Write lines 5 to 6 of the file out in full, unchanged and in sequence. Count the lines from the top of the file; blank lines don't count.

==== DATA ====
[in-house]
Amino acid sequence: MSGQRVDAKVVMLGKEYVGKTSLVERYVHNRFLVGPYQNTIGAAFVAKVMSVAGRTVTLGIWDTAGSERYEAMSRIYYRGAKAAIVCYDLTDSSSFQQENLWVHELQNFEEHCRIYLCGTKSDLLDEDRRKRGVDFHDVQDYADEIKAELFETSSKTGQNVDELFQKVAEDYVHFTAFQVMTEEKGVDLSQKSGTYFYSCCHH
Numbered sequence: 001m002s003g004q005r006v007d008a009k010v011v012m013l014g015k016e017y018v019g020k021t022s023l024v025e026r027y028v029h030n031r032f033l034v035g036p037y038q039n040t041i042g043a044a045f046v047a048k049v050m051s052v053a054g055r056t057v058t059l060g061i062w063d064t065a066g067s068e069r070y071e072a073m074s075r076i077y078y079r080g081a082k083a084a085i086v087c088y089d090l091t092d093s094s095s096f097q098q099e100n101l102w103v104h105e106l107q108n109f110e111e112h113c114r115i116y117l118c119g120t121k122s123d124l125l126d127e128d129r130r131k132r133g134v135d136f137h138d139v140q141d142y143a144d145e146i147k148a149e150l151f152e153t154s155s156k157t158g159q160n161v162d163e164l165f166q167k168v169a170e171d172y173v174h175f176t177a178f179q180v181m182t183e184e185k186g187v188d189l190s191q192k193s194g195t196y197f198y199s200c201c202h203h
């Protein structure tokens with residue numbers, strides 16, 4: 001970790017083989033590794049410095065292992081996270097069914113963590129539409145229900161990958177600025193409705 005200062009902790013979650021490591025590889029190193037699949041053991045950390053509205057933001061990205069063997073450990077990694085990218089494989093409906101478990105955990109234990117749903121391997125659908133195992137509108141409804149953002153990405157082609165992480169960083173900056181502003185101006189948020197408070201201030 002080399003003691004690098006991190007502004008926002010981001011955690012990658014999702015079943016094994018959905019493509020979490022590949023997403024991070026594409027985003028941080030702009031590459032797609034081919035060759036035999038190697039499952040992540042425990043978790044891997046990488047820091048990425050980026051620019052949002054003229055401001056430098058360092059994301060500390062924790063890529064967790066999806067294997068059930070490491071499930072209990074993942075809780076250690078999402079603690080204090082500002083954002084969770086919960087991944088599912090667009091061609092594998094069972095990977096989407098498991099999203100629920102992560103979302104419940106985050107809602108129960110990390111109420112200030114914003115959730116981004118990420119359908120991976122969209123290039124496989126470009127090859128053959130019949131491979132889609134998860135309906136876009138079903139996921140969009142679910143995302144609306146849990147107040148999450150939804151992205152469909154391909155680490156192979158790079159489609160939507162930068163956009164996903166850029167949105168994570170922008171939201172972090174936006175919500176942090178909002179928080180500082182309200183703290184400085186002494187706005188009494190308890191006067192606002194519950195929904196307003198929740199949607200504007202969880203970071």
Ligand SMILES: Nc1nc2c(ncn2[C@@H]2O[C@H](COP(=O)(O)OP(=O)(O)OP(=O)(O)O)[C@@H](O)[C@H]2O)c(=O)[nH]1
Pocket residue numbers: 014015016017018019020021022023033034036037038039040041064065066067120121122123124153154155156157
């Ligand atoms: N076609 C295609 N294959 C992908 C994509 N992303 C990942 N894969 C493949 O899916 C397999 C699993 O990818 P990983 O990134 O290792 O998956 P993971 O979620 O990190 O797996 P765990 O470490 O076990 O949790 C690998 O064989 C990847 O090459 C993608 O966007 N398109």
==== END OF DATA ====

Ligand SMILES: Nc1nc2c(ncn2[C@@H]2O[C@H](COP(=O)(O)OP(=O)(O)OP(=O)(O)O)[C@@H](O)[C@H]2O)c(=O)[nH]1
Pocket residue numbers: 014015016017018019020021022023033034036037038039040041064065066067120121122123124153154155156157